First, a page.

Of course along with the criticism of the six 24-hour days of creation we have scientists proposing their own version of creation. Supposedly a bunch of organic molecules managed to evolve into the first cell and supposedly that cell evolved into multi-celled creatures and eventually into people. Now Stenger starts out the book with the importance of models in science in order to try and figure out how the world works. Well, Dr. Stenger let's see that model, THAT MATHEMATICAL MODEL that says that first the appearance of that first cell is fairly likely and then that it's fairly likely that that cell eventually evolves all the way into people! Of course this is a hard problem but try doing a few approximate analyses to see if it is even a tiny bit likely. It turns out that everyone who has ever done the analysis has found out that there isn't a snowball's chance in Hell that it could happen. For instance, there is Sir Fred Hoyle in his book The Mathematics of Evolution who showed how unlikely evolution is. Sir Fred Hoyle was an honest-to-God astronomer and an honest-to-God atheist and he was honest enough to admit that evolution wasn't going to work. He ended up proposing life came from outer space on meteorites and comets. Of course there is still the terrible problem of how life could happen by chance anywhere in the universe! But Stenger is again cheating by not mentioning how unlikely it is that living things happened by chance. This evidence actually points us to some powerful intelligence outside the physical universe (God) that is responsible for it all.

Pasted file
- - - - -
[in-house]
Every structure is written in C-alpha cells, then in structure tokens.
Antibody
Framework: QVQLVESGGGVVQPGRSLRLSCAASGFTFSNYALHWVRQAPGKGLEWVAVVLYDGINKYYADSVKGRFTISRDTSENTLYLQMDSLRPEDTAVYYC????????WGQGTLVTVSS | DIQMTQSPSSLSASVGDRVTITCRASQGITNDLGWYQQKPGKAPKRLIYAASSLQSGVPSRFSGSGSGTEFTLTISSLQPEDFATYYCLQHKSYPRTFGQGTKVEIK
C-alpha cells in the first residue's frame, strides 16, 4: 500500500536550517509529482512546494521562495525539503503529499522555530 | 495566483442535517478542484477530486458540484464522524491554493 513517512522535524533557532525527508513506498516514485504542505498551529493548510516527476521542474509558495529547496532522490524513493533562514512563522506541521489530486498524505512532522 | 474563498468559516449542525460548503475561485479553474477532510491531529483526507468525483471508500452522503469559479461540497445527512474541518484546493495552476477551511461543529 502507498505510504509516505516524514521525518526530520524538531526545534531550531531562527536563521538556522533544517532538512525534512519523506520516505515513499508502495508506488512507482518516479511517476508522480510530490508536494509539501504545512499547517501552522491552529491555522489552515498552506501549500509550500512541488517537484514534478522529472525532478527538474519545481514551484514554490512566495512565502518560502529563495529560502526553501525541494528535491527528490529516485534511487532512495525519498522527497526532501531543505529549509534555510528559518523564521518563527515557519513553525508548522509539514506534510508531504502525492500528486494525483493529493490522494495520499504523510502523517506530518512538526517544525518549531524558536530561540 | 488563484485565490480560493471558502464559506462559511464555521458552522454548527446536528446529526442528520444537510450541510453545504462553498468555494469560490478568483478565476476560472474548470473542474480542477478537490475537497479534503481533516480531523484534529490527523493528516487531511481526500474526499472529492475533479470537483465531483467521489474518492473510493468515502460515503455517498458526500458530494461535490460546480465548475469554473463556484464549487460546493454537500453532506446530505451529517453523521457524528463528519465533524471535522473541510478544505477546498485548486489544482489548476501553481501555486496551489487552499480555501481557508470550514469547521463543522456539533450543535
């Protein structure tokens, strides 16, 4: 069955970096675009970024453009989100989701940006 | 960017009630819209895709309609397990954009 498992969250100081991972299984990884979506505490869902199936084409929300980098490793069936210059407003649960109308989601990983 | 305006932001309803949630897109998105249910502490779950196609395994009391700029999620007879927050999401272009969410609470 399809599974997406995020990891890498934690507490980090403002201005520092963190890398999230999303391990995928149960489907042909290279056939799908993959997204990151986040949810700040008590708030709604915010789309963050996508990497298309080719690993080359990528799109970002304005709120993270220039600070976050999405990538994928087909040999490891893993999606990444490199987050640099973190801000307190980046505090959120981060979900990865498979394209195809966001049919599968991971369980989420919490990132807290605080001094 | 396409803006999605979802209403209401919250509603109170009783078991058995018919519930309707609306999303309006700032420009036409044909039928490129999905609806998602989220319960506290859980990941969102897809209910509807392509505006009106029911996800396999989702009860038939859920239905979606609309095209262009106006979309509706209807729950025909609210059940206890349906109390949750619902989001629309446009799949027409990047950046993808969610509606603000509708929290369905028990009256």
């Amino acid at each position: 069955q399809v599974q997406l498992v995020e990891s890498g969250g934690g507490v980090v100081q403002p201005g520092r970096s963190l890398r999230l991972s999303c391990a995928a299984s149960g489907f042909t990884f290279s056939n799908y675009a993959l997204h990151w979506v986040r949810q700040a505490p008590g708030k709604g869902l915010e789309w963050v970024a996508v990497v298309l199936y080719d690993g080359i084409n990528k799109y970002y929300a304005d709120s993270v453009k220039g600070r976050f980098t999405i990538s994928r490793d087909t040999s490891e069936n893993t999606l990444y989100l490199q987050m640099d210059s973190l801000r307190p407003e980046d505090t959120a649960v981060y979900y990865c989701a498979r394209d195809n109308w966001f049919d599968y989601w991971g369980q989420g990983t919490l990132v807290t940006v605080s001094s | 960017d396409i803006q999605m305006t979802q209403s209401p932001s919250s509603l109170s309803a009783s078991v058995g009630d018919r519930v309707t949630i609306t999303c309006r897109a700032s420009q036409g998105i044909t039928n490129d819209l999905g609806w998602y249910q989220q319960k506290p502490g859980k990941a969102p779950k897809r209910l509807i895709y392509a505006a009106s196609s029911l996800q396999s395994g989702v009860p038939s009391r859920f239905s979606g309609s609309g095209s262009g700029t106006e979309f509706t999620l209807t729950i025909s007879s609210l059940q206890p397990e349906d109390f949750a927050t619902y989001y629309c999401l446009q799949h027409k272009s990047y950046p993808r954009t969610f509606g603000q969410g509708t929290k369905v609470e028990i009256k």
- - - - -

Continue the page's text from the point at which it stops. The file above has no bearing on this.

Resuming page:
Now one more item on evolution. If evolution did take place as Darwin suggested there ought to be smooth transitions in the fossil record that shows this. Some of the fossil evidence is debatable. Some people see some evidence of evolution in it and some don't see that evidence. But there is the glaring case of the Cambrian Explosion some 500-600 million years ago when a very large number of very different life forms appears in basically no time at all. It looks like they just popped up out of nowhere! Atheists of course have faith that eventually the smooth transitions will be found but if you're going to be honest about it, as it stands now, this is great evidence for creation by an Intelligent Designer. Stenger conveniently managed to neglect to mention that. Not very honest.